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Nas, the greatest of his generation.

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(Source: The Quinnipac Chronicle)

Hip-hop legend Nas recently celebrated not only his 50th birthday but the 50th anniversary of the rap genre. The story of hip-hop can not be told without discussing Nas, who rose up to legendary status during the golden age of rap: the ‘90s.
So many legends rose to stardom during this era, from Biggie Smalls, Tupac Shakur, and Jay-Z to Andre 3000, Lauryn Hill, Eminem and more. However, Nas is different from the rest of the pack.
Not only did he release some of the most lyrically crafted and high-quality albums of the ‘90s, he continues to release albums with the same top-notch quality in the 2020s. Currently, Nas has 17 studio albums, with each one of them adding onto the myth and legend of the Queens native.
Nas (born Nasir bin Olu Dara Jones) launched into the stratosphere of hip-hop when he dropped what is considered by many to be the magnum opus of the entire genre, “Illmatic.” A multitude of rappers from different eras have gone on record saying they were directly inspired by Nas’ debut album, including Lil Wayne, Common, J. Cole and Kendrick Lamar.
Whether it’s the iconic verses on “N.Y. State of Mind” or the smooth and catchy chorus on “The World Is Yours,” “Illmatic” served as a blueprint for the rappers of generations to come for how to successfully start a discography.
What separates Nas from the other artists of his generation is not only his riveting lyrics and freestyles, but his ability to tell unique and fascinating stories. Whether it’s spitting bars from the point of view of a gun on “I Gave You Power,” detailing his experience  of the highs and lows of fatherhood on “Daughters” or telling an entire story in reverse on “Rewind,” Nas is always able to creatively tell stories while also putting the spotlight on important social issues, such as poverty, police brutality and racism.
The Queens rapper has always been able to hold his own against other emcees, including legends from his own time. The most famous rap battle Nas ever participated in was his years-long lyrical sparring match with Jay-Z.
After the New York native dissed Nas on “Takeover,” off his 2001 classic album “The Blueprint,” Nas fired back with everything he had on the track “Ether.” The brutal diss goes after Jay-Z in many different facets, from poking fun at his appearance, trashing his record label, claiming that other rappers out-rap him on his own songs and claiming that the New York rapper stole lyrics from the late Biggie Smalls.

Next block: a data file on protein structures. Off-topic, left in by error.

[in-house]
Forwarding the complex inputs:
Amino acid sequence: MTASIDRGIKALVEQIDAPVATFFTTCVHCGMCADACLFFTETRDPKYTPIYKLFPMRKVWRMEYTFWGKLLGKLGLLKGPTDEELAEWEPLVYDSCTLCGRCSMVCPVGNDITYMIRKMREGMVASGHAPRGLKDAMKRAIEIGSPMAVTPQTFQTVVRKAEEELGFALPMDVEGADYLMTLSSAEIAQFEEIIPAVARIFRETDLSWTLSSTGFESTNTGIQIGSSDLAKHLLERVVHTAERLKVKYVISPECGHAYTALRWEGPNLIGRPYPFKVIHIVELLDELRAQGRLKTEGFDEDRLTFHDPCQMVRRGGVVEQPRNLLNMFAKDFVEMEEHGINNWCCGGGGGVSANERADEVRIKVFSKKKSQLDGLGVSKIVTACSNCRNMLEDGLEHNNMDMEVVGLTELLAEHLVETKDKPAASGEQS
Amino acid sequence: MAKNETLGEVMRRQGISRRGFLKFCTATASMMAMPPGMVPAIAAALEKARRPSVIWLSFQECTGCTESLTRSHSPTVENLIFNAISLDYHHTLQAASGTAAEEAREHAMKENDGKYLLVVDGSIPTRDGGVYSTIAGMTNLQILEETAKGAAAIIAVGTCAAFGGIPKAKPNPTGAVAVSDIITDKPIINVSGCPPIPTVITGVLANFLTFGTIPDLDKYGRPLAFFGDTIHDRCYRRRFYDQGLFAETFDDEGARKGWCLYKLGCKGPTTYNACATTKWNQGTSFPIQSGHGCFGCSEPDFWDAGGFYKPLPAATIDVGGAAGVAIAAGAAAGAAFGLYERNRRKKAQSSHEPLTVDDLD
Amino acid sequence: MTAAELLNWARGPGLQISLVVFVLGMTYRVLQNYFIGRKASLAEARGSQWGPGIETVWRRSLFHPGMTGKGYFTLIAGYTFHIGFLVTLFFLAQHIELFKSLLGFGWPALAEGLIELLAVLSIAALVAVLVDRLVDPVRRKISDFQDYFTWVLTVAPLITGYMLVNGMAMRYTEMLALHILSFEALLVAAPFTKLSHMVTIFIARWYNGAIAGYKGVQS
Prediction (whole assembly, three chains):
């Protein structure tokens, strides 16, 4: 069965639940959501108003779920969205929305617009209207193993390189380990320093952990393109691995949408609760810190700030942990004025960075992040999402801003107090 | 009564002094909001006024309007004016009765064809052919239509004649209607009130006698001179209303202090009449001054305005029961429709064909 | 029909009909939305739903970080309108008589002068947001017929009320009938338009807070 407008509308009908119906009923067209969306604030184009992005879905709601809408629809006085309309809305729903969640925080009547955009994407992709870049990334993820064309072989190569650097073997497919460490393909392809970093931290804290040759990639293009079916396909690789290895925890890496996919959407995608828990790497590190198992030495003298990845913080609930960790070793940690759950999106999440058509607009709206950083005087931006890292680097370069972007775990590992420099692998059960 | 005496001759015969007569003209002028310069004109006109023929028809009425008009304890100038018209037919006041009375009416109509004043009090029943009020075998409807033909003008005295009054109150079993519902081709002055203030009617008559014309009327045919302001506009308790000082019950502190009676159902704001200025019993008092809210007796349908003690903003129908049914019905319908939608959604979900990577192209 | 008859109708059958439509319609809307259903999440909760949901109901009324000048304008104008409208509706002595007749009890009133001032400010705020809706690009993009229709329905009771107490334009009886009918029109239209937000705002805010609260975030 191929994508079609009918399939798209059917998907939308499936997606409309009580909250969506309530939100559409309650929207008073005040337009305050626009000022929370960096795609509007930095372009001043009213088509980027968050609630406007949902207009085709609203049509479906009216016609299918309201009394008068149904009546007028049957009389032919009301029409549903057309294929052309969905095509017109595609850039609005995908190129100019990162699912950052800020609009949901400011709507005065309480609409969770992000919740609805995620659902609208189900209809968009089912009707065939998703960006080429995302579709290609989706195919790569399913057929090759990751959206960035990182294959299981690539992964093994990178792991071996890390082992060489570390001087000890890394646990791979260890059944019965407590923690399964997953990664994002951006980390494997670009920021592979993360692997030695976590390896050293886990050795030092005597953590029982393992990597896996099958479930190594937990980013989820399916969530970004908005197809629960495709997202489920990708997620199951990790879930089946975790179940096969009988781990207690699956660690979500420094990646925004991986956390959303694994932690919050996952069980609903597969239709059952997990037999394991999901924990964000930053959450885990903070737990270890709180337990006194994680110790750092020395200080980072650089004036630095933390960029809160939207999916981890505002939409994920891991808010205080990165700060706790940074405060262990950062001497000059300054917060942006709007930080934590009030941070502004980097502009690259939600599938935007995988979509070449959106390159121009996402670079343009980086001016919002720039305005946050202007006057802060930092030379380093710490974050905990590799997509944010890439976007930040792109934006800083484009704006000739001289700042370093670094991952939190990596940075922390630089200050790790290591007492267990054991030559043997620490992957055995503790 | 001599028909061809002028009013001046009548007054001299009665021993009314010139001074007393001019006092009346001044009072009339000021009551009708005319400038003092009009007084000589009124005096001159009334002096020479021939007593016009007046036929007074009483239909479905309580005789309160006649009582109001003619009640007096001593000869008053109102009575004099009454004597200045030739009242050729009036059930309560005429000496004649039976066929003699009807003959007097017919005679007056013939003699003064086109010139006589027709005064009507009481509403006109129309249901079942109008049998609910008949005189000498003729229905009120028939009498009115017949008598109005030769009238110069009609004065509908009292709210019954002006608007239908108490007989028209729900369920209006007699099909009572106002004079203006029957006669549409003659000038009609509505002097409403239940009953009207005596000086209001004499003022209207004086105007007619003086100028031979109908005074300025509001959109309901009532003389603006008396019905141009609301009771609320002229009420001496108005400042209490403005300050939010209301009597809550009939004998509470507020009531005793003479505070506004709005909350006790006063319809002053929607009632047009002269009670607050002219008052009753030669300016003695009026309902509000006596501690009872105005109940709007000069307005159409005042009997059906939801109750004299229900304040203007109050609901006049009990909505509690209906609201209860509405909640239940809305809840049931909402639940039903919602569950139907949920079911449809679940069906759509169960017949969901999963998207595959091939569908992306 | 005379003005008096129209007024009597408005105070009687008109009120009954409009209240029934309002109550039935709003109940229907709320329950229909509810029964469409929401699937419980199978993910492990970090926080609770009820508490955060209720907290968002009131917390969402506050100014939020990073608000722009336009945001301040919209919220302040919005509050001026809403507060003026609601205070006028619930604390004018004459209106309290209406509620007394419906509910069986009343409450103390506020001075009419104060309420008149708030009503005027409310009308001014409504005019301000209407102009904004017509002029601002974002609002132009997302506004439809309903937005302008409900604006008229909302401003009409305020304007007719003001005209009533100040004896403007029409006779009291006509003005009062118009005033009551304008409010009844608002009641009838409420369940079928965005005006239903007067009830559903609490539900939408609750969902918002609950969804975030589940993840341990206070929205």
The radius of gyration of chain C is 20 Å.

The track even spawned the phrase “getting ethered,” which means to get insulted or humiliated publicly, which is certainly what Nas did to Jay-Z. Despite this, the story between these two New York legends has a happy ending as both rappers reconciled, and even went on to collaborate together on Nas’ 2006 album “Hip-Hop Is Dead.”
In more recent years, Nas has taken a more indirect approach to the rap game, dropping albums on his own time and experimenting with sounds. Some examples are the Jamaican inspired production on his collaborative album with DJ Damian Marley titled “Distant Relatives” to his 2018 project “Nasir” produced entirely by Ye (formerly known as Kanye West). Nas continues to find ways to innovate his own sound that stays refreshing and enjoyable to listen to.
However, the most impressive aspect to Nas’ game in recent years has been his consistency, which he matches with quality. In the 2020s alone, Nas has released two separate trilogies all executively produced by Hit-Boy.
The “Magic” and “Kings Disease” series showcases Nas’ rapping over modern-day beats with his iconic flow and pen game that seems to never run out. It seems as though Nas gets better with time as some of his best material has come out of these sessions with Hit-Boy, including “Magic” and “Kings Disease III,” which both feature Nas delivering quality verses over quality beats.
The six-album run between Nas and Hit-Boy officially came to an end in 2023 with the releases of “Magic 2” and “Magic 3,” coming within just a few months of each other, as both artists are looking forward to starting new chapters in their music careers.
Unlike some of the other rap giants from his era, Nas continues to deliver into the present day, with a wide variety of high-caliber albums in his catalog that will certainly continue to grow until the day he retires. His reputation, discography and passion for hip-hop make him stand out as the greatest rapper from the golden age of the genre.

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